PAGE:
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The Norfolk Churches Site: an occasional sideways glance at the churches of Norfolk

St Mary, Tittleshall


Tittleshall east window and Coke mausoleum

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St Mary, Tittleshall

Tittleshall is a small, comfortable village in the patchwork of fields and copses to the south of Fakenham. This was sheep country, and to an extent it still is. Tittleshall's church is fairly typical of the area, long and low and largely the work of the 14th Century. Its handsome chancel is lit by a splendid five light Decorated window, and the 18th Century red brick extension on the north side appears something of an afterthought. If you did not know, you might be surprised to learn that it was built as the last resting place of one of Norfolk's most prominent families.

You step into a nave which feels surprisingly wide under the circumstances, particularly since there are no aisles or clerestories. The open spaces and the lack of coloured glass create an effect of light on old wood and stone, a pleasing if commonplace rural interior. The font is probably contemporary with the rebuilding of the nave, the kingpost roof coming some time after.

And then you step through the pretty screen into the surprise of the chancel. The Coke family, the Earls of Leicester, were one of the most influential families of early modern England. They are usually associated with Holkham Hall, some fifteen miles to the north. But they were here first, and here some of them remain, buried in the mausoleum on the north side of the church and remembered in the chancel by one of the best collections of 17th and 18th Century memorials in Norfolk.

It was in the 1530s that Robert Coke bought the manor of Tittleshall as part of the first wave of expansion of the Holkham lands. It was a happy date in English history - for him, at least - because at this time of the Dissolution of the Monasteries land was cheap and plentiful. The estate included the former medieval village of Godwick, and the ruin of the church there survives a mile or so away to the north. The monuments here date from then up unto the building of the mausoleum at Holkham in the 1870s. Standing in the chancel and looking clockwise from the north wall around to the south there are five of them.

Coke memorials Thomas Coke, 1st Earl of Leicester, 1759 Jane Coke, 1805
Kneelers for Dame Bridget Coke née Paston, 1598 Sir Edward Coke, 1634
Dame Bridget Coke née Paston, 1598 Sir Edward Coke, 1634 cherub with a flaming heart, detail of memorial to Jane Coke, 1805

In order from the south-west, the first is to Robert Coke who died in 1679. It is a striking tombchest in black and white marble, without an effigy. Pevsner attributed it to Abraham Storey. Beside it to the east is the earliest of the chancel memorials, to Bridget Coke, 1598. She was born into one of Norfolk's other prominent families, the Pastons. She kneels in an alcove with a prayerbook on a cushion. The kneeling children along the base are memorable. The third monument on this side is up in the sanctuary, and to her husband Sir Edward Coke, 1634, another work in black and white marble, this time with an effigy. He lies in his robes and ruff, his hands joined in prayer. He was Attorney-General and the Lord Chief Justice of England under James I.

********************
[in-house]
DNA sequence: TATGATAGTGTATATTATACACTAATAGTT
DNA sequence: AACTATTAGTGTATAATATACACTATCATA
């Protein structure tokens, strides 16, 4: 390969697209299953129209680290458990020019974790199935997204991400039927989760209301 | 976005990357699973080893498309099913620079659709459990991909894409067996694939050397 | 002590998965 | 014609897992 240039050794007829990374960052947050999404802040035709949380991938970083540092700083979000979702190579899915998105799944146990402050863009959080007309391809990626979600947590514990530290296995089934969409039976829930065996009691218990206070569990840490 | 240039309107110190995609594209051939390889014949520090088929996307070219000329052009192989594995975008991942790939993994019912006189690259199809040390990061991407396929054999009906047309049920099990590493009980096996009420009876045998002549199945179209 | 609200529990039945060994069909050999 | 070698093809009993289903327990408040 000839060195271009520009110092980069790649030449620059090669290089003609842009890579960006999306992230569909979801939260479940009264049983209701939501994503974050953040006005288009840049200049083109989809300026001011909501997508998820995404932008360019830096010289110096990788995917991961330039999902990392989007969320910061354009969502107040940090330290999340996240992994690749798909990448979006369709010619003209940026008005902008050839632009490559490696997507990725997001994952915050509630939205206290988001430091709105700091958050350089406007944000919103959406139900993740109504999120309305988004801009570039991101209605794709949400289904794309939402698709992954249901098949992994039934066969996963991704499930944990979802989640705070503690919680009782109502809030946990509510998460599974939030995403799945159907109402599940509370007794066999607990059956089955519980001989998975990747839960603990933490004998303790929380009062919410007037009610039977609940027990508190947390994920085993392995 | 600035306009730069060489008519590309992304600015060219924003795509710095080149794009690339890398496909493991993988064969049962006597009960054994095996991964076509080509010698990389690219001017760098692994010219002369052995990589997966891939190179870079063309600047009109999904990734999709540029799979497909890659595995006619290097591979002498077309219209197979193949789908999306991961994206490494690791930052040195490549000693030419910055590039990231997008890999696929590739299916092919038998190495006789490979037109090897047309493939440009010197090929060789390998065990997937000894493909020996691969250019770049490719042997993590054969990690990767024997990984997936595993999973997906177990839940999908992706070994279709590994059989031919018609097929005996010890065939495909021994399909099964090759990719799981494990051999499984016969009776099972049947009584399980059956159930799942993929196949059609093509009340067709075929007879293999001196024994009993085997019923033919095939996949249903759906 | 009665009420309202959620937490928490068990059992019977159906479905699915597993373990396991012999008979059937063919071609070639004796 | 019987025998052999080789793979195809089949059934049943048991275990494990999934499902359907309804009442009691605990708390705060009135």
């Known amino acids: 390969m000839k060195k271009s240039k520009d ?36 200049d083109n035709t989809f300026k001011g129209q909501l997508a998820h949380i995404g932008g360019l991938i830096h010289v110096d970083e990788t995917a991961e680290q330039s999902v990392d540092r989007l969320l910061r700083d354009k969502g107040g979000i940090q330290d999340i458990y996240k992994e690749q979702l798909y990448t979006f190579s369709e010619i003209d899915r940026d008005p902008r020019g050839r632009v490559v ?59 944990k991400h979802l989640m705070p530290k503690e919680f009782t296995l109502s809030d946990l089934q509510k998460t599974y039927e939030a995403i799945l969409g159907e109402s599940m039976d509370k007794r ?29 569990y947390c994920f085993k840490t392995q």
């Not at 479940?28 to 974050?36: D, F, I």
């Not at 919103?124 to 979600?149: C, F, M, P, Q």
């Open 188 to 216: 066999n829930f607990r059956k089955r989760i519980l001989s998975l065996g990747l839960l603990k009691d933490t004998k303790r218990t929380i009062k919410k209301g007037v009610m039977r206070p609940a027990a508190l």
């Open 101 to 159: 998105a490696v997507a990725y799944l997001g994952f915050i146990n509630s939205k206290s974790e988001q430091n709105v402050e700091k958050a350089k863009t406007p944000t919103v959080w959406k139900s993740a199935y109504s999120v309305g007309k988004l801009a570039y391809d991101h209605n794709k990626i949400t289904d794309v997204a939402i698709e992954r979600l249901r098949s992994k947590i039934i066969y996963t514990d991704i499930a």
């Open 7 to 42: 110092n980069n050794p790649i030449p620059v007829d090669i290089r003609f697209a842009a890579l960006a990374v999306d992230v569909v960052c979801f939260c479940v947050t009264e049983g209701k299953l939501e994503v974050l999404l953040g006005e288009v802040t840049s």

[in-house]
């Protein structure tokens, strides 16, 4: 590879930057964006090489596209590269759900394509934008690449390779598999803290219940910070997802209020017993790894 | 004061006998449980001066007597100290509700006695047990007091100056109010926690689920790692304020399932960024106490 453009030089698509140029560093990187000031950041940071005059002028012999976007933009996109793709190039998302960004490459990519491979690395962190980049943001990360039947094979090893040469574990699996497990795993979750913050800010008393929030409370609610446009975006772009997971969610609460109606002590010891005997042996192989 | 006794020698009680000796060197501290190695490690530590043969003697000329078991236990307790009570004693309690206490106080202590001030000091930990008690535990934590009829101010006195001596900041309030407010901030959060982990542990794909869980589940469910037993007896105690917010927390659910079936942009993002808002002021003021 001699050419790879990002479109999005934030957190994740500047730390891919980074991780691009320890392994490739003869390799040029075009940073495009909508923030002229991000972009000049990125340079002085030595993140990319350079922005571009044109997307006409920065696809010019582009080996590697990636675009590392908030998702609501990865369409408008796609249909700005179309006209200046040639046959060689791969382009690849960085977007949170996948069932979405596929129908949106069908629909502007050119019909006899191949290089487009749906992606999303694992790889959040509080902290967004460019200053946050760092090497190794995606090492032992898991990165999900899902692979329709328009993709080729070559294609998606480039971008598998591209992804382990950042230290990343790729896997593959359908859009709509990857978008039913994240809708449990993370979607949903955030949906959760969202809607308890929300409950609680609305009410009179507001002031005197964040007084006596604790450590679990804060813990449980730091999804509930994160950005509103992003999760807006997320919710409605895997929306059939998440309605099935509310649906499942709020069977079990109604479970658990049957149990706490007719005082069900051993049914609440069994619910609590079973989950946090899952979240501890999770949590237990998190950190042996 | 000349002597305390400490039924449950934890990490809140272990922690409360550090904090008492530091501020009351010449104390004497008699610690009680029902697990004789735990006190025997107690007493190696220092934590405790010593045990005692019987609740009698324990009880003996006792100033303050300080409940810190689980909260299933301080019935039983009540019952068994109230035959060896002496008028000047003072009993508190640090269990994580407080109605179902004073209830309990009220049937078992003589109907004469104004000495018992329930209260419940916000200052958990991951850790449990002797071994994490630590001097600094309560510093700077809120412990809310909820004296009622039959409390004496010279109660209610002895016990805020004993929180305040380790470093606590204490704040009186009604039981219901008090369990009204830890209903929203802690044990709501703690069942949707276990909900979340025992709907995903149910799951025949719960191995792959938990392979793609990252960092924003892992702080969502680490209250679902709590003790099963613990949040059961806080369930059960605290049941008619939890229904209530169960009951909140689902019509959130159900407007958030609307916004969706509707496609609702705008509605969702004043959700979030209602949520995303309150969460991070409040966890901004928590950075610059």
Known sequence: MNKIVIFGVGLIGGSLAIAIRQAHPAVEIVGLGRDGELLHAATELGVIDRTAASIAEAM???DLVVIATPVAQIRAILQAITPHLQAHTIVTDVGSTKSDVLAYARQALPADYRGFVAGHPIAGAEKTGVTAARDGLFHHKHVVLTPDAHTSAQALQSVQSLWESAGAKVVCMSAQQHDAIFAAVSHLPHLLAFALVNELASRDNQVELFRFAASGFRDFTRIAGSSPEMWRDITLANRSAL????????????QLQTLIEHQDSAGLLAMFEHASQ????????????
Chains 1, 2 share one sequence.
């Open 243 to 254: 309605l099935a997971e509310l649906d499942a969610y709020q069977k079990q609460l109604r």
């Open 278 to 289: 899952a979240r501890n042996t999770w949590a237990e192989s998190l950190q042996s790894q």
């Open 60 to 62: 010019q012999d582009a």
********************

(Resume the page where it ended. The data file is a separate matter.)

On the other side of the sanctuary is the largest of the five, to Thomas Coke, the first Earl of Leicester who died in 1759. He was the one who commissioned Holkham Hall. There are marble busts of both him and Margaret, his Countess. Finally to the west of this something quite different, a white marble memorial to Jane Coke, the wife of the famous Coke of Norfolk, Thomas William Coke. She died in 1805 and is received into heaven by an angel while a putto looks on. The memorial is the work of Joseph Nollekens and cost a fabulous three thousand guineas, about three-quarters of a million pounds in today's money.

An even earlier Coke memorial is set on the east wall on the north side of the nave. It remembers Wenefride Coke, later Bozsonne, whose first husband was the Robert Coke who bought the manor of Tittleshall. Apart from the Cokes, another name of note here was Kenelm Henry Digby, a descendant of the gunpowder plotter, who was rector here at the end of the 19th Century. A plaque on the south wall of the nave remembers three of his grandsons, two of them killed in the First World War and the other dying in India. Lionel Kenelm Digby's battlefield cross is set on the pulpit stairs on the north side of the nave.

An unusual survival is the old Tittleshall School honours board, hanging up on the west wall of the nave. It bears the names of eighteen children who passed scholarships to grammar school during the first sixty years of the twentieth century. Hauntingly, several of them also appear on the war memorial.

Simon Knott, October 2021

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looking east looking west from the chancel font and tower arch
font Wenefride Coke, 1569 three cousins, grandsons of the Hon & Rev Kenelm Henry Digby Lionel Kenelm Digby killed in action 1918


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The Norfolk Churches Site: an occasional sideways glance at the churches of Norfolk